- Share this article on Facebook
- Share this article on Twitter
- Share this article on Email
- Show additional share options
- Share this article on Print
- Share this article on Comment
- Share this article on Whatsapp
- Share this article on Linkedin
- Share this article on Reddit
- Share this article on Pinit
- Share this article on Tumblr
This story first appeared in the July 24 issue of The Hollywood Reporter magazine. To receive the magazine, click here to subscribe.
The impulse to bemoan the current state of movies compared to the putative glory days of the past has always been with us; sometimes the griping is justified, sometimes not. Still, Dustin Hoffman‘s recent complaint to U.K. newspaper The Independent that, “It’s the worst that film has ever been … in the 50 years that I’ve been doing it” got quite a bit of play, no doubt because it came from a highly esteemed veteran who has witnessed firsthand many changes in the industry.
At first, I took Hoffman’s remarks as possibly a sort of a veiled personal complaint that he’s no longer offered the sort of estimable parts and projects that were the norm for him. Then again, the man has a point. Who among us has not mourned the lack of serious adult dramas, the Marvelization of expectations, the handoff of Oscar-hopeful films from the major studios to the specialized distributors, the endless sequels and reboots? Despite that, I’m not sure his statement holds up to scrutiny. For one, I remain undeterred in my conviction that the 1980s was, by far, the worst decade for American film since sound came in — notwithstanding the fact that Hoffman won his two Oscars during that period (Kramer vs. Kramer and Rain Man) and no doubt would disagree. Moreover, there have been specific areas of improvement.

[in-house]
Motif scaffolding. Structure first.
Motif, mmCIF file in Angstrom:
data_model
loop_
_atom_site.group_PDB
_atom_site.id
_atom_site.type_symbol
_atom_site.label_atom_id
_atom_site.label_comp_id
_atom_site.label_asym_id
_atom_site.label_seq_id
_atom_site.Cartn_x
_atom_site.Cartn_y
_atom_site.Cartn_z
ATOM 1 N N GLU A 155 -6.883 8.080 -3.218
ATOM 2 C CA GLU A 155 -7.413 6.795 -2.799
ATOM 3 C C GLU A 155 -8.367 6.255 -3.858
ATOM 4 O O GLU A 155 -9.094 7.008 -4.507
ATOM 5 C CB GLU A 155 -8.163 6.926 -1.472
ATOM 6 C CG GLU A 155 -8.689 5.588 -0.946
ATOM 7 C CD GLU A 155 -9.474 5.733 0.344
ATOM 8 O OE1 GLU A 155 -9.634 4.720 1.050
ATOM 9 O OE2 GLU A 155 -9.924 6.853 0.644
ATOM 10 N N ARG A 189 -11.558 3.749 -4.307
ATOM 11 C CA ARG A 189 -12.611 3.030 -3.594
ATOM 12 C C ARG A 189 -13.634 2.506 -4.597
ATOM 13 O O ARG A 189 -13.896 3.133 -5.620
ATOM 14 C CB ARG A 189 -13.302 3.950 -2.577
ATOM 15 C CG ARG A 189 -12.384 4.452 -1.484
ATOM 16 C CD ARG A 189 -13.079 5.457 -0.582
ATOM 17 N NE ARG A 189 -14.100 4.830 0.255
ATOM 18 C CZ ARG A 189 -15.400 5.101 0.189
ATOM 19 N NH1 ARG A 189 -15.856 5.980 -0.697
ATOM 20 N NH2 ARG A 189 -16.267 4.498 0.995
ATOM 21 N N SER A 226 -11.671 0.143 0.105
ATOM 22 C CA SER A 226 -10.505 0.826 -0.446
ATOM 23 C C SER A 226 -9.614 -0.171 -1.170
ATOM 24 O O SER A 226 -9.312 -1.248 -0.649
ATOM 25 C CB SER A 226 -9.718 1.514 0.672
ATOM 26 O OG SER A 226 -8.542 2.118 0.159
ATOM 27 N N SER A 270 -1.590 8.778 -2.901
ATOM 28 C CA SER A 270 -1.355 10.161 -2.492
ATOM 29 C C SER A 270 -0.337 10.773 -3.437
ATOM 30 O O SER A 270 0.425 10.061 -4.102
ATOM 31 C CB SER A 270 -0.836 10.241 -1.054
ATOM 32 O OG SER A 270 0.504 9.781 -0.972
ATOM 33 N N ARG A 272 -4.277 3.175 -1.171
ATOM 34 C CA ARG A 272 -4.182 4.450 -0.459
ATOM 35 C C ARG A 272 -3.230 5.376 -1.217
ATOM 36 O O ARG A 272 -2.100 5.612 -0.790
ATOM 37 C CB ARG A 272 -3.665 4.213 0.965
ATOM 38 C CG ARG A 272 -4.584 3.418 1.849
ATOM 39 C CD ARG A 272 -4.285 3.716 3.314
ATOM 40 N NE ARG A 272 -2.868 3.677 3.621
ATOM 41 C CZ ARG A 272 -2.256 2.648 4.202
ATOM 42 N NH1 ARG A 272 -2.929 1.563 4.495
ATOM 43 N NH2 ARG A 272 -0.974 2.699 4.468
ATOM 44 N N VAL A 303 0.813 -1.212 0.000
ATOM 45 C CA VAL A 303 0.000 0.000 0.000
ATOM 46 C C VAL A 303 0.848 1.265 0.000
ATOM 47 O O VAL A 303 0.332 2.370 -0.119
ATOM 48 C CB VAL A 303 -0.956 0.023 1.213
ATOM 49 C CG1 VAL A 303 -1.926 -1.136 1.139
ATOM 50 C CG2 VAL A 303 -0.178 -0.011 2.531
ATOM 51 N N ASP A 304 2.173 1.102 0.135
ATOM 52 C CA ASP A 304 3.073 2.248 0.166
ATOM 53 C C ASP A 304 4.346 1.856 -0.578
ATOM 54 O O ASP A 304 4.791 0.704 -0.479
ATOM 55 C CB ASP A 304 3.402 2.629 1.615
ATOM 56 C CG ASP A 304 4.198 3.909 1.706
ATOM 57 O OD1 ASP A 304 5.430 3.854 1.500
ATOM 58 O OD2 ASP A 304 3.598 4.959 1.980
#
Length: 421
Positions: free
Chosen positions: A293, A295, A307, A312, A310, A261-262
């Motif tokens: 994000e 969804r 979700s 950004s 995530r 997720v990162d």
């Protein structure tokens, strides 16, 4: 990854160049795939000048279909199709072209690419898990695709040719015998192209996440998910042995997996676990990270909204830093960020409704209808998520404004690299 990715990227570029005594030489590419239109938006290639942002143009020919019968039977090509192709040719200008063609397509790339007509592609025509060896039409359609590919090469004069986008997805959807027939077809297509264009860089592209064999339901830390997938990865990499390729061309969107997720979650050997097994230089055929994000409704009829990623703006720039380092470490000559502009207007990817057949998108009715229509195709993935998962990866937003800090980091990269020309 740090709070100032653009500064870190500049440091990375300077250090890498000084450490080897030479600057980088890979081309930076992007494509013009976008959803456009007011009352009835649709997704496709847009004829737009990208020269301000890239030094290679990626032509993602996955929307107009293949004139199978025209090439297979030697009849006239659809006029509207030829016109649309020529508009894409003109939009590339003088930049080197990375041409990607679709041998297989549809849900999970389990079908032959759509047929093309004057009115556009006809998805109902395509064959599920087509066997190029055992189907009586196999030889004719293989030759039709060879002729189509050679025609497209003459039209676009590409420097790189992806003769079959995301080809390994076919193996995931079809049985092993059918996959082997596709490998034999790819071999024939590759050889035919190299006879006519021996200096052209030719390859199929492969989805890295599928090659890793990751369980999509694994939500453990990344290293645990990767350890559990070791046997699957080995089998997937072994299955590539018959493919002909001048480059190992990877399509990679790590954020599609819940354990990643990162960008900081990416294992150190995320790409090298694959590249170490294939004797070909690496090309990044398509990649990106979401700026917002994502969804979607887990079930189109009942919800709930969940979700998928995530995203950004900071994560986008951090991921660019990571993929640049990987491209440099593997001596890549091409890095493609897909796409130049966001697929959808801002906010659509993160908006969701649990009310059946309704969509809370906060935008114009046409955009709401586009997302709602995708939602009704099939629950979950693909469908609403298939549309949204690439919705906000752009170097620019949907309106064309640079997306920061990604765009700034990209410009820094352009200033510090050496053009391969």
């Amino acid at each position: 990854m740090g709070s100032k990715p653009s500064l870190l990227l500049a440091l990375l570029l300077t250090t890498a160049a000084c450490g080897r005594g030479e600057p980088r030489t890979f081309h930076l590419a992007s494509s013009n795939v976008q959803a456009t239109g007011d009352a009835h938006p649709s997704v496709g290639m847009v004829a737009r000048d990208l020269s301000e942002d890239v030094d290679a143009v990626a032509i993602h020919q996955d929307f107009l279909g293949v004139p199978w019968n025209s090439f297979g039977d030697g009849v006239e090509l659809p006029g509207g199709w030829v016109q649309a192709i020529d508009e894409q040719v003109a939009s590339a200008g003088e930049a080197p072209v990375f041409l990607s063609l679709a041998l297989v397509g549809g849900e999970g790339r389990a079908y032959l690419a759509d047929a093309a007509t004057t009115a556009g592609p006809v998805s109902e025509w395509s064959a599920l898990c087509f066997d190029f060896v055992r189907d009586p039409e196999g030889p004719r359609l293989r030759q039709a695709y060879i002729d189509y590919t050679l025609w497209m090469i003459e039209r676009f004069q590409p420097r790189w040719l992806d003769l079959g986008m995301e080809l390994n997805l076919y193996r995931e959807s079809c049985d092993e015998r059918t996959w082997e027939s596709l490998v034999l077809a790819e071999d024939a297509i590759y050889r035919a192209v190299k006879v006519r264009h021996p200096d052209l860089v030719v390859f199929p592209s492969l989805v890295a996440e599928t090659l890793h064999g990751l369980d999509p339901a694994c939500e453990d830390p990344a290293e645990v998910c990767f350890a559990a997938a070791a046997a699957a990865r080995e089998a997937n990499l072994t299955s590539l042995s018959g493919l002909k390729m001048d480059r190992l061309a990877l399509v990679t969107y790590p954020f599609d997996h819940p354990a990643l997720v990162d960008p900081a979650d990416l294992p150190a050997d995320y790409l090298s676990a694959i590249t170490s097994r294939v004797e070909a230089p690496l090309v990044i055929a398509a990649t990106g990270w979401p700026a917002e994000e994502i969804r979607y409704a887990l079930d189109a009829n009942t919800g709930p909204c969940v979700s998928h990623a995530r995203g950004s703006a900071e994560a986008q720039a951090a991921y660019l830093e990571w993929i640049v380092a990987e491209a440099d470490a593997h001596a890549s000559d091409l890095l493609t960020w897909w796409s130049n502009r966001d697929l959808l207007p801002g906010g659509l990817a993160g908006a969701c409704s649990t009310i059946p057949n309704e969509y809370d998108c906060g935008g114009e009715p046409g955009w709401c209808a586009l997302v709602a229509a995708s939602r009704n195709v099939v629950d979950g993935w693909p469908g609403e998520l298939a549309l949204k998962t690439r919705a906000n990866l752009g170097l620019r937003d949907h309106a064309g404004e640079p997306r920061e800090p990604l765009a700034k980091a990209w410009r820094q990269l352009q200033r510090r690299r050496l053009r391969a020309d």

Let’s compare our current crop of films to those released in 1967, the year Hoffman broke through to stardom in The Graduate. As it happens, 1967 was a pivotal and exciting time. The studios mostly were turning out dreck (some of it made by aging old pros like Preminger, Mankiewicz, Kramer and others), but the new guard, the subversives, the game-changers (Francis Ford Coppola and Martin Scorsese, to name two) were slipping in through the cracks, and there were electrifying stylistic breakthroughs like Bonnie and Clyde, Point Blank and For A Few Dollars More. The old system was crumbling, and there were plenty of aspiring and able talents ready to assert themselves. Add to this what came out of Europe that year (films like Playtime and The Firemen’s Ball) as well as on the documentary front (from Don’t Look Back to Titicut Follies to Portrait of Jason), and you might as well get down on your hands and knees.
Still, a very strange fact surfaces when you peruse the list of 1967 films closely enough: Hollywood was barely making movies about, or featuring, young people. Sure, drive-ins and cheapo exploitation pictures were symptoms and byproducts of the baby boom and youth culture. But AIP, Roger Corman and the filmmakers growing rich off adolescents’ dollars didn’t often depict adolescents onscreen. Rather, 1967 hits like The Trip, Devil’s Angels and It’s a Bikini World featured leading actors who were 26 to 30 years old. Hoffman himself was 30 when The Graduate came out.